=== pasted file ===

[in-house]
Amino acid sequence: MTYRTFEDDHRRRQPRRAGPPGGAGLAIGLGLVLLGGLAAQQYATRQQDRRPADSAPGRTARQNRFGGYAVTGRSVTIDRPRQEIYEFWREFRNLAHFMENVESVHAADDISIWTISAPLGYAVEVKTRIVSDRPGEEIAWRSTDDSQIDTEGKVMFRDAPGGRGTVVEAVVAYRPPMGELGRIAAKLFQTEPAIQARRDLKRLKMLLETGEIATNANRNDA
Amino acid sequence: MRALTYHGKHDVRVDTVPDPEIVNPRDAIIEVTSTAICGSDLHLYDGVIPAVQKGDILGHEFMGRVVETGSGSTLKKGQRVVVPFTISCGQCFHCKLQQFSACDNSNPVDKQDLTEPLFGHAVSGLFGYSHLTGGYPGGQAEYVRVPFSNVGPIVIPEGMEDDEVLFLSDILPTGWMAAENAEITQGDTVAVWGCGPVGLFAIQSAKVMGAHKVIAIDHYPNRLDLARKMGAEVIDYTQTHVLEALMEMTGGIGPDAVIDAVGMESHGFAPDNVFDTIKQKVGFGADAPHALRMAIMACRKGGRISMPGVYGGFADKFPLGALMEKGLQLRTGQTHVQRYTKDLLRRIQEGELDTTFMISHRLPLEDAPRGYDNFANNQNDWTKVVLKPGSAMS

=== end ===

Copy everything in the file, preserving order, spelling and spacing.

[in-house]
Amino acid sequence: MTYRTFEDDHRRRQPRRAGPPGGAGLAIGLGLVLLGGLAAQQYATRQQDRRPADSAPGRTARQNRFGGYAVTGRSVTIDRPRQEIYEFWREFRNLAHFMENVESVHAADDISIWTISAPLGYAVEVKTRIVSDRPGEEIAWRSTDDSQIDTEGKVMFRDAPGGRGTVVEAVVAYRPPMGELGRIAAKLFQTEPAIQARRDLKRLKMLLETGEIATNANRNDA
Amino acid sequence: MRALTYHGKHDVRVDTVPDPEIVNPRDAIIEVTSTAICGSDLHLYDGVIPAVQKGDILGHEFMGRVVETGSGSTLKKGQRVVVPFTISCGQCFHCKLQQFSACDNSNPVDKQDLTEPLFGHAVSGLFGYSHLTGGYPGGQAEYVRVPFSNVGPIVIPEGMEDDEVLFLSDILPTGWMAAENAEITQGDTVAVWGCGPVGLFAIQSAKVMGAHKVIAIDHYPNRLDLARKMGAEVIDYTQTHVLEALMEMTGGIGPDAVIDAVGMESHGFAPDNVFDTIKQKVGFGADAPHALRMAIMACRKGGRISMPGVYGGFADKFPLGALMEKGLQLRTGQTHVQRYTKDLLRRIQEGELDTTFMISHRLPLEDAPRGYDNFANNQNDWTKVVLKPGSAMS